The Key to getting a good rockabilly bass track is making sure you get the best acoustic bass and slap tones,and mixing them to the desired thump-tas tic effect. Unfortunately it ain't that easy. Recording acoustic bass can make you want to rip your ear drums out with a plastic spoon. Hopefully, these fine tips can saveyou from ten hours or more of getting crappy sounds.
You are unlikely to find an expensive,19th-century carved-top treasure inthe hands of a rockabilly cat. This is because most greasers generally spend their money on beer, tattoos,old junk cars, or bail money. Plywoodbasses such as old Kays, eastern European monstrosities, and the oddhigh-end King bass are most likely tobe brought through your studio door. Acoustically, these plywood beasts are rather dull sounding when compared to what your local jazzbop lucks, but who needs tone whenyou rock the pomp and tats so hard!
I recommend close-miking options, because there really isn’t awhole lot of volume being projected from the bass itself. You’ll also beable to grab a good portion of whatevertone the beast is putting out ifyou don’t let a lot of air standbetween the instrument and the mic. In addition, most Rockabilly actsprefer to play all together for thatauthentic vibe of the Eisenhower era, so close miking may somewhatdiminish the other instruments bleedingonto the bass track.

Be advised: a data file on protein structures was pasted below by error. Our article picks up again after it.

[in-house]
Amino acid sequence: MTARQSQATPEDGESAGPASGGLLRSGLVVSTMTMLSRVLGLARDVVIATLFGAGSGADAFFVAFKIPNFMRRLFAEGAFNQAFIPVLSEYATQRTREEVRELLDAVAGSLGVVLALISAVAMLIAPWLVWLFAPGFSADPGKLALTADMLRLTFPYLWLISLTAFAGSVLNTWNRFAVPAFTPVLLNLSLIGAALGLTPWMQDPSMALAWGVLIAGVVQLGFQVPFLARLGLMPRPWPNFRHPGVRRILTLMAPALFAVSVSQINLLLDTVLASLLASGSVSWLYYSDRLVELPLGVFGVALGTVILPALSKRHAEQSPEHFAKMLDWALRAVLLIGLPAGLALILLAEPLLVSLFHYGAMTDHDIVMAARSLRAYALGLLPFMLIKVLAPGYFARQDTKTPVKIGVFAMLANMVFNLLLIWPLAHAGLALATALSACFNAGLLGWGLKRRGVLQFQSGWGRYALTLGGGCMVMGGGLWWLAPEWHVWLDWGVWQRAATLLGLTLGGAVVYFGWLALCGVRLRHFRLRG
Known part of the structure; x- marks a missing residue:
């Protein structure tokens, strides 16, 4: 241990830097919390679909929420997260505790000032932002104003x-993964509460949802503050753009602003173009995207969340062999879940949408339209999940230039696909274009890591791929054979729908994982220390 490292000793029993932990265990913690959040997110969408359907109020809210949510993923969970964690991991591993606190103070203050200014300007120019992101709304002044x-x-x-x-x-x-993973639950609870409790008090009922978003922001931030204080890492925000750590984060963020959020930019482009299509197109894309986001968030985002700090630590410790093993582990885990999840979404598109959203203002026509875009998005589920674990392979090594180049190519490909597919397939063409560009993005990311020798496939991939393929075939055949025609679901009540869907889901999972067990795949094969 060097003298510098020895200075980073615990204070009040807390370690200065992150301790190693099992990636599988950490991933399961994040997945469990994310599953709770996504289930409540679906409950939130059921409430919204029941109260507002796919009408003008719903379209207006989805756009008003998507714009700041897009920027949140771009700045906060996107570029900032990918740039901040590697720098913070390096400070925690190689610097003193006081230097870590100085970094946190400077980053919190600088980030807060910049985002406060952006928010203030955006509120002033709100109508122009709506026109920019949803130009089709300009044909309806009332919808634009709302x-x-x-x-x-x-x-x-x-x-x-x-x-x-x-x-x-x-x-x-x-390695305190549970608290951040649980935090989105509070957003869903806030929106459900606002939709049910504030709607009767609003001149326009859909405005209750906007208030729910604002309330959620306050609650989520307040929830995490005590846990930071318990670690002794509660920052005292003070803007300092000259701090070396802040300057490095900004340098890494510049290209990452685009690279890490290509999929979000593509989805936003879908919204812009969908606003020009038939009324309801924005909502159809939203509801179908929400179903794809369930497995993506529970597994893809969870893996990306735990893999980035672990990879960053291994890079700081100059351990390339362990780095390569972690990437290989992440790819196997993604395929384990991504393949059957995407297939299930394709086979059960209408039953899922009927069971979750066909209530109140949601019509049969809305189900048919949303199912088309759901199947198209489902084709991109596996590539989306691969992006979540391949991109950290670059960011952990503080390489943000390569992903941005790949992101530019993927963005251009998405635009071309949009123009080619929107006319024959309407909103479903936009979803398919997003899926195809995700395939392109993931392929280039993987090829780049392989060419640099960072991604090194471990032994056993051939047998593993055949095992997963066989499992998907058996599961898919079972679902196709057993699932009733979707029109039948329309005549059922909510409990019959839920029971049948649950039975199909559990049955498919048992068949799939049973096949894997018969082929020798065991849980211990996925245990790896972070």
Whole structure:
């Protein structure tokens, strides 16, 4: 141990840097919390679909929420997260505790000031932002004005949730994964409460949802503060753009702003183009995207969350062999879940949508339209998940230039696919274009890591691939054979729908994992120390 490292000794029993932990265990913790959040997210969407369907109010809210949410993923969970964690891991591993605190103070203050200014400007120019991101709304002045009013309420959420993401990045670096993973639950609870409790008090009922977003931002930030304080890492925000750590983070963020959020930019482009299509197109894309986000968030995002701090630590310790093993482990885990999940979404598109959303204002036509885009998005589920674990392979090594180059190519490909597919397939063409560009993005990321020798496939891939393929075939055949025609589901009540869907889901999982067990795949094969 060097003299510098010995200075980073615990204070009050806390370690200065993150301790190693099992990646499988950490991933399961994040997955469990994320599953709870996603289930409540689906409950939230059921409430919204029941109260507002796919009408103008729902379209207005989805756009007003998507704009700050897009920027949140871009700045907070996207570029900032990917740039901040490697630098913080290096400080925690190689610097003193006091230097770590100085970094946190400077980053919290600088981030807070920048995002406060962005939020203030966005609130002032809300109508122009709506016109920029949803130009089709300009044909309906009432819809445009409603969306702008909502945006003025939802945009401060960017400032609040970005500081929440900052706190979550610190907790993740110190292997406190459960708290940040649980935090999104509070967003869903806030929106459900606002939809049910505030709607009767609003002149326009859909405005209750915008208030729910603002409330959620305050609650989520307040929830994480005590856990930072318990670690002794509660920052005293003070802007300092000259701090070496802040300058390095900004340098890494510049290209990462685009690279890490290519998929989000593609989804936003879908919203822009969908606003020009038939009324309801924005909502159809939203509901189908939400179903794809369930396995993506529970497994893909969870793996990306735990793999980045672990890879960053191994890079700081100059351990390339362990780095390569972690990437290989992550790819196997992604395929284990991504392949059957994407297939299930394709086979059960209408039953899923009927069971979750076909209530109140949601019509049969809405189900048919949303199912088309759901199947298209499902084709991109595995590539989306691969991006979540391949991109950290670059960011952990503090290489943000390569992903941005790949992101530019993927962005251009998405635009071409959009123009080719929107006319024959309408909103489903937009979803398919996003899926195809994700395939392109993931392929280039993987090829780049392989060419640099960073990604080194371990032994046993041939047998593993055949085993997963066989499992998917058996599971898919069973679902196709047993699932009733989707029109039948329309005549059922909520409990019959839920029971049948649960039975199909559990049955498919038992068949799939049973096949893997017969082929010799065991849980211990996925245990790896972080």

Place a large-diaphragm condenserset to its cardioid pattern about fiveinches from the f-hole, and a bit offcenter. This mic should cover thebass/body part of the sonic equation. To capture the slap, position a smalldiaphragmcondenser five to sixinches from the side of thefingerboard. This is the most basicsetup for pulling together a quicksound, and it allows some freedomwhen mixing, as you can get a decentbalance between the slap and bodysounds.
Wrap a cheap condenser mic set toits omni pattern in foam rubber, and wedge it between the bridge and the body of the bass. The capsule should be pointing up towards the neck. Ifluck is with you, the sound should bedetailed, yet still have plenty of body. I have found that inexpensive micsconsistently perform better in this setup—which is good news to themic-poor. If you don’t get enoughslap from the jammed-in-the-bridgemic, add a small-diaphragmcondenser in the finger board positionas detailed above.
Omnidirectional clip-on mics offergreat ways to pinpoint the sounds youare after. Cheaper models from RadioShack are designed to be clipped toan article of clothing, while moreexpensive models from the likes of Sennheiser have more versatile clipsand groovy little flexible goosenecks you can use to really dial in the mojo.The bridge, tailpiece, and f-holes are prime locations for the body sound,while clipping one to the end of the finger board will pick up the slap.
If you’ve achieved your sound withmic positioning alone—congratulations.For the rest of us unluckygeezers, some EQ may be in order.Here are some helpful hints:• Cu...